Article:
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In Defense of Capitalism

Written by Luke Burgess
Posted June 18, 2018 at 10:19AM

Every single day, millions of Americans demonize capitalism as an intrinsically evil system of repression.

Of course, this is nothing new. Anti-capitalism dates all the way back to the very beginnings of capitalism, though it was popularized by Karl Marx in the mid-19th century.

Since then, the word continues to be misconstrued and weaponized by the lower classes to use against the wealthy.

But let's clear all this up right now...

Capitalism is simply this: an economic system that allows the private ownership of the means of production for profit. It simply allows private individuals to own businesses.

If you disagree, I'd ask you to please open a dictionary.

In a system of no capitalism, the government completely controls a nation's industry and trade.

That's all there is to capitalism.

Being anti-capitalist means being against the private ownership of business. And that in itself is indicative of a repressive government.

Most ultra-liberal kooks still want to associate capitalism with greed or selfishness. But these words are not synonymous. They are two completely different things.

Capitalism is capitalism.

And greed is greed.

Yes, it's true that capitalism allows private individuals to accumulate vast amounts of wealth. And it allows private individuals to hoard that wealth and be greedy. But capitalism itself isn't greedy. Human beings are greedy.

And to some extend, that's not even a terrible thing.

I'm not going to go as far as to agree with Gordon Gekko that “greed is good.” But I will say there is nothing wrong with acting out of self-interest.

The main reason you have all the comforts of modern society is because someone else was acting out of self-interest. In the grand scheme of things, very little gets done without the promise of some return.

Fact is, everyone — 100% of the population — acts out of self-interest sometimes. The human being is both a self-sacrificing and self-serving organism. To deny this is to deny your very nature.

I'm not the first to have these ideas. Take a page from the great Milton Friedman. In a 1979 interview, Phil Donahue asked Mr. Friedman if he ever doubted capitalism, given the extreme wealth gap around the world. Here's what he said:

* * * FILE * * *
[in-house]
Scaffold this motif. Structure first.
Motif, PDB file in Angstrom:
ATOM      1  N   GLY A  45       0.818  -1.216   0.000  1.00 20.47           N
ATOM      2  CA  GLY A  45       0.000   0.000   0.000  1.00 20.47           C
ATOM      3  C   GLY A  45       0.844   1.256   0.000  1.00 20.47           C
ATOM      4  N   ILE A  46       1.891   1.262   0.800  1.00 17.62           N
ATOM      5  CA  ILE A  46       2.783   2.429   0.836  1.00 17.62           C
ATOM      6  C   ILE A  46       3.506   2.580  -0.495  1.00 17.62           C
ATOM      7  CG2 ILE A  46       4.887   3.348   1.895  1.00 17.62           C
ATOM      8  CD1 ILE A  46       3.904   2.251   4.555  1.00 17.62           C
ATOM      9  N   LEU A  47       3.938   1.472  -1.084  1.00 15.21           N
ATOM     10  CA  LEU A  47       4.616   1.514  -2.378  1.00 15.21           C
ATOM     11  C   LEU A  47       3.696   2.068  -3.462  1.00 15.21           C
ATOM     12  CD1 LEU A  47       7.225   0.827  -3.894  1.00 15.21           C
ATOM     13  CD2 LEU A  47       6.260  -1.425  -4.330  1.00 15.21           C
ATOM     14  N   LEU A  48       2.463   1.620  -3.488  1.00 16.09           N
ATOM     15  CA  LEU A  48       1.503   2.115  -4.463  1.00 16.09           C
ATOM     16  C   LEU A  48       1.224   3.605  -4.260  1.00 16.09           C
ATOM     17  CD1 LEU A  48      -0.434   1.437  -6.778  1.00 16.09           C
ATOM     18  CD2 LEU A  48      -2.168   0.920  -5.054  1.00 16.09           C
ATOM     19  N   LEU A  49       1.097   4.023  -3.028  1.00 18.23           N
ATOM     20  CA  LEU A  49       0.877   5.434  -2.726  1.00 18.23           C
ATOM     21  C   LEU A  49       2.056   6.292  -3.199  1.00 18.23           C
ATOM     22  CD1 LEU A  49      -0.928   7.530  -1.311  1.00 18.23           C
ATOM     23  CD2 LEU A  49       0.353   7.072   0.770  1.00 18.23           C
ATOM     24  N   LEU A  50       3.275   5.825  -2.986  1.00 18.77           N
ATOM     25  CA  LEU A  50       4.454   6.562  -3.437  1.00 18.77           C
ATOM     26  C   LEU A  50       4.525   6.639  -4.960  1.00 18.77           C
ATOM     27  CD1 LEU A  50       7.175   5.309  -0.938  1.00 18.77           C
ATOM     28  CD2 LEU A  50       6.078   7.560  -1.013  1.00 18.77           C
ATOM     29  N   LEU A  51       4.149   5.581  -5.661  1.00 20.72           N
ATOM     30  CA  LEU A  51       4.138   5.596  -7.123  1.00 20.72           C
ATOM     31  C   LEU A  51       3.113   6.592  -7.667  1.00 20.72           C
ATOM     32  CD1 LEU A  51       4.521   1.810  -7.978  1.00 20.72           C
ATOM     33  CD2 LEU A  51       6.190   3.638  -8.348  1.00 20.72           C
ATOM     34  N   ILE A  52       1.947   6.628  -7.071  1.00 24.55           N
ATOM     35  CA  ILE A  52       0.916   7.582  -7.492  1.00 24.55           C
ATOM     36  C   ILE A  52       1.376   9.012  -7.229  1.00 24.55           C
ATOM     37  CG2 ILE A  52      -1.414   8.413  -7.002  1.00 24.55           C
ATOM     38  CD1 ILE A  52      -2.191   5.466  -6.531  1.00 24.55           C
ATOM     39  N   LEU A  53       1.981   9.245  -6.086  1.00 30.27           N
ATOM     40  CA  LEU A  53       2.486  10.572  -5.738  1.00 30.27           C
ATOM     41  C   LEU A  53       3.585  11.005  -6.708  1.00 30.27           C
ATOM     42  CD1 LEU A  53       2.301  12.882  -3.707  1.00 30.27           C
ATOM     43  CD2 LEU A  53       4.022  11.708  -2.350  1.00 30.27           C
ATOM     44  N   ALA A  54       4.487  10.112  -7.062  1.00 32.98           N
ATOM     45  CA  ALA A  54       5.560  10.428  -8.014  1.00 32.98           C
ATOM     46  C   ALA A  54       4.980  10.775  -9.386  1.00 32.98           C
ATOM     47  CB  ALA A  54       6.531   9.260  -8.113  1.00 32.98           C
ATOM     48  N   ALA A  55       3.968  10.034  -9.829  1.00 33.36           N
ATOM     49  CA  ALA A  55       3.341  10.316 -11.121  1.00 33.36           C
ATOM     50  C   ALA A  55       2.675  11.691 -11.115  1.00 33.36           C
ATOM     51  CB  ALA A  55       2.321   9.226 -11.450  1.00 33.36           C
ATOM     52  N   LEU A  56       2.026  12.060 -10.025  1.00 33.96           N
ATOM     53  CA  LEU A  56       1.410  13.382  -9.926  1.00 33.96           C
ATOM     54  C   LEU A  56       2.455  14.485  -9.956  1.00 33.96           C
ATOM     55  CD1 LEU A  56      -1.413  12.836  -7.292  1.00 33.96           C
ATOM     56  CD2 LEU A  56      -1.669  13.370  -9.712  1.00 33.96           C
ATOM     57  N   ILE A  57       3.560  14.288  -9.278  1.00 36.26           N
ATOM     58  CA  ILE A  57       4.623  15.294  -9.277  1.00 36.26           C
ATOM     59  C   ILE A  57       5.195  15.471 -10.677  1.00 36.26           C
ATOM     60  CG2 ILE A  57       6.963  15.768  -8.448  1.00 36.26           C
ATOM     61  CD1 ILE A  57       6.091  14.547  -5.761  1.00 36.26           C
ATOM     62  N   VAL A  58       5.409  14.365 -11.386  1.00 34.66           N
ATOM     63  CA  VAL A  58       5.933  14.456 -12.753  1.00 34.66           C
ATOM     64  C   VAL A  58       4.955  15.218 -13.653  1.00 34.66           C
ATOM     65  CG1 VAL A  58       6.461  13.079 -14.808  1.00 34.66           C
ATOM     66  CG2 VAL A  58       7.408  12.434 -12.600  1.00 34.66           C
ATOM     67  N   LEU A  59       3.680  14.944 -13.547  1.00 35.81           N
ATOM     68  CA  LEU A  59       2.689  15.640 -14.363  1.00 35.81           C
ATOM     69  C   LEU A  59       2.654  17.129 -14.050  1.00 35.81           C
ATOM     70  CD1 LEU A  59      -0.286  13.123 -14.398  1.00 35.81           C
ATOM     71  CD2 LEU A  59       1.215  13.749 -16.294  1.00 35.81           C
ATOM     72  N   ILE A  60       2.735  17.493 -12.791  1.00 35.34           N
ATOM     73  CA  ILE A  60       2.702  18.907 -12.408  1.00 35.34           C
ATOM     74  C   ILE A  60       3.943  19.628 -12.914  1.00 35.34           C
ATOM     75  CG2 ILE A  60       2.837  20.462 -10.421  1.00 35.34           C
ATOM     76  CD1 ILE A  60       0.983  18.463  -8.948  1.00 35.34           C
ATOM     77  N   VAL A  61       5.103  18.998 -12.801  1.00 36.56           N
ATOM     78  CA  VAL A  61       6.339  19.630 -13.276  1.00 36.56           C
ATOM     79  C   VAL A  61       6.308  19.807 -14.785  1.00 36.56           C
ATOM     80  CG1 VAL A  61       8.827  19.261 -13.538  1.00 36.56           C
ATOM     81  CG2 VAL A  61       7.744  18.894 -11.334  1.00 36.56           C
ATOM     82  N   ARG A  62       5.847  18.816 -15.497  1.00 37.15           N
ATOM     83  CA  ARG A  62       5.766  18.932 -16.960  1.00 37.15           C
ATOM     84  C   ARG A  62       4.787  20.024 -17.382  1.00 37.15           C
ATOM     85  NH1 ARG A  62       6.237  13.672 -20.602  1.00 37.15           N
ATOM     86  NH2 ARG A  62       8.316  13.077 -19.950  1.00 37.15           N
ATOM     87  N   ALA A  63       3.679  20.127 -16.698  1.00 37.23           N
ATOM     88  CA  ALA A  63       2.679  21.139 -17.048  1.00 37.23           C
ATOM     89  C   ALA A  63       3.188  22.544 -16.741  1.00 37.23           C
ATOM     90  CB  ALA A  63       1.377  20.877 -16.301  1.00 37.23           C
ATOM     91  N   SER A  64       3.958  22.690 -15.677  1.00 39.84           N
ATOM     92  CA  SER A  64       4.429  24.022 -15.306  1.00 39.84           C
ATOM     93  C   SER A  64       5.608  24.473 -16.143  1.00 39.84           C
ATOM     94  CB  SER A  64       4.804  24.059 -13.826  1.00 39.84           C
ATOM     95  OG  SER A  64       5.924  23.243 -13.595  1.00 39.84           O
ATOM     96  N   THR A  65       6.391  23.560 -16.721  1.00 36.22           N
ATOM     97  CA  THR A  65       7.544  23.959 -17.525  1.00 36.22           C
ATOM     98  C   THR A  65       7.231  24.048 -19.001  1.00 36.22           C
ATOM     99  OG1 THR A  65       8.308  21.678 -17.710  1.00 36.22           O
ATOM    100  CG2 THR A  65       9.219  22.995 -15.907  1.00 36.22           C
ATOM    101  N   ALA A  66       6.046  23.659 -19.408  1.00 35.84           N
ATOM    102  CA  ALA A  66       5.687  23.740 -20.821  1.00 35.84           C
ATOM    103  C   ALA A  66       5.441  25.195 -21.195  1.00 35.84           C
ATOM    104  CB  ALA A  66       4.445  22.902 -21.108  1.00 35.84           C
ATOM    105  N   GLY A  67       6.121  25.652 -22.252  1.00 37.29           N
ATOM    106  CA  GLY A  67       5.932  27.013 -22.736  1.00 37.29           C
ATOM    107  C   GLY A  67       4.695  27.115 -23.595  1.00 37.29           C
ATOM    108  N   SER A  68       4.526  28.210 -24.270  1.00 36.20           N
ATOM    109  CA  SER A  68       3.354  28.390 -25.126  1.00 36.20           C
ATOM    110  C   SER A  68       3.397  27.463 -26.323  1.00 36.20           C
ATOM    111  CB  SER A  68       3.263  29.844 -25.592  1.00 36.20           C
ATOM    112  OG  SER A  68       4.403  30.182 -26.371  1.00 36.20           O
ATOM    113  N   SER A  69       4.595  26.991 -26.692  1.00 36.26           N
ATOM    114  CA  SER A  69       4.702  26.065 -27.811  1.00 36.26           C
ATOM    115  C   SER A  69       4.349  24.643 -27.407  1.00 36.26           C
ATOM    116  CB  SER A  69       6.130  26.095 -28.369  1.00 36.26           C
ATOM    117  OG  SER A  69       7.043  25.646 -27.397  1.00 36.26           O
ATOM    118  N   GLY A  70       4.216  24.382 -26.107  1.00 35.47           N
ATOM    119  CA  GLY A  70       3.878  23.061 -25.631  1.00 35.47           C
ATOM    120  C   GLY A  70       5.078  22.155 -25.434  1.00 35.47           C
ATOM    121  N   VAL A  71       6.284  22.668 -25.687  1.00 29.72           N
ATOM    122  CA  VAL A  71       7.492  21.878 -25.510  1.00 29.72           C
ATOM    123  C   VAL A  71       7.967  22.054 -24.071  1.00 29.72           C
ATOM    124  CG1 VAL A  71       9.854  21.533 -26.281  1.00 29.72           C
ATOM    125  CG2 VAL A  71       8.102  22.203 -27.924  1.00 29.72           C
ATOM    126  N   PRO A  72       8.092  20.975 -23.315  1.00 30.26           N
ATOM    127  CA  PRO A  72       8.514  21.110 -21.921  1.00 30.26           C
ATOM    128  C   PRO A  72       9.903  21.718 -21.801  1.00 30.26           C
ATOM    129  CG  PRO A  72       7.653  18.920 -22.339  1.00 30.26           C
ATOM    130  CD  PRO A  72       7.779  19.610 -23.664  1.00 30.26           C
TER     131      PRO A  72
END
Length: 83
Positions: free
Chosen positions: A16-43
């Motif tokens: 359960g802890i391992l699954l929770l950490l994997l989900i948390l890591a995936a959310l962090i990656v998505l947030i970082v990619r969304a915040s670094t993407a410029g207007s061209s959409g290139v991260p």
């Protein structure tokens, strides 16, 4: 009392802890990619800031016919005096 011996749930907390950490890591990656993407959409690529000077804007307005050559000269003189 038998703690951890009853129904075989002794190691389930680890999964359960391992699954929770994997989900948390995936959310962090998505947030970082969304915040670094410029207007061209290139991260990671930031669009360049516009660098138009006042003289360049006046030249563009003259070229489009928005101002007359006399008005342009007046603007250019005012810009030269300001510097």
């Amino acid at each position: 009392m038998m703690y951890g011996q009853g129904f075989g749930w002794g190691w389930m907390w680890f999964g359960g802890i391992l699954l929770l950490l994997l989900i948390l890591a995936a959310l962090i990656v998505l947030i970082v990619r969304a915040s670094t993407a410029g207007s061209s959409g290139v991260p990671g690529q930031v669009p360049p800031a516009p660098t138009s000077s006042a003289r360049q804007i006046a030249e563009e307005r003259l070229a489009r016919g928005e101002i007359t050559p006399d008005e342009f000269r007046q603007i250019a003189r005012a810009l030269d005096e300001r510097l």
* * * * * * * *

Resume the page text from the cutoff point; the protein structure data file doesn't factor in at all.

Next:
Is there some society you know that doesn’t run on greed? You think Russia doesn’t run on greed? You think China doesn’t run on greed? ... The world runs on individuals pursuing their separate interests. The great achievements of civilization have not come from government bureaus. Einstein didn’t construct his theory under order from a bureaucrat. Henry Ford didn’t revolutionize the automobile industry that way. In the only cases in which the masses have escaped from the kind of grinding poverty you’re talking about, the only cases in recorded history, are where they have had capitalism and largely free trade. If you want to know where the masses are worse off, worst off, it’s exactly in the kinds of societies that depart from that. So that the record of history is absolutely crystal clear, that there is no alternative way so far discovered of improving the lot of the ordinary people that can hold a candle to the productive activities that are unleashed by the free-enterprise system.

I actually believe all this is very clear and most people do understand it. However, they choose to play the blame game.

The truth is, when human beings are in situations they can't control, they always tend to blame someone else.

Dr. Susan Whitbourne, Professor Emerita of Psychological and Brain Sciences at the University of Massachusetts Amherst, says:

Blame is an excellent defense mechanism. Whether you call it projection, denial, or displacement, blame helps you preserve your sense of self-esteem by avoiding awareness of your own flaws or failings. Blame is a tool we use when we’re in attack mode. Falling into the category of a destructive conflict resolution method, blame is a way to try to hurt our partners.

The point here is simple: Capitalism is not an institution of repression. In fact, it's just the opposite.

Capitalism allows upward mobility for private individuals. Without it, we all live under nearly complete government economic control.

But do not despair, my fellow capitalists. The far-left is just extremely misinformed. We're in the right.

Until next time,

Luke Burgess Signature

Luke Burgess

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As an editor at Energy and Capital, Luke’s analysis and market research reach hundreds of thousands of investors every day. Luke is also a contributing editor of Angel Publishing’s Bubble and Bust Report newsletter. There, he helps investors in leveraging the future supply-demand imbalance that he believes could be key to a cyclical upswing in the hard asset markets. For more on Luke, go to his editor’s page.

P.S. Check that Milton Freidman interview out here.


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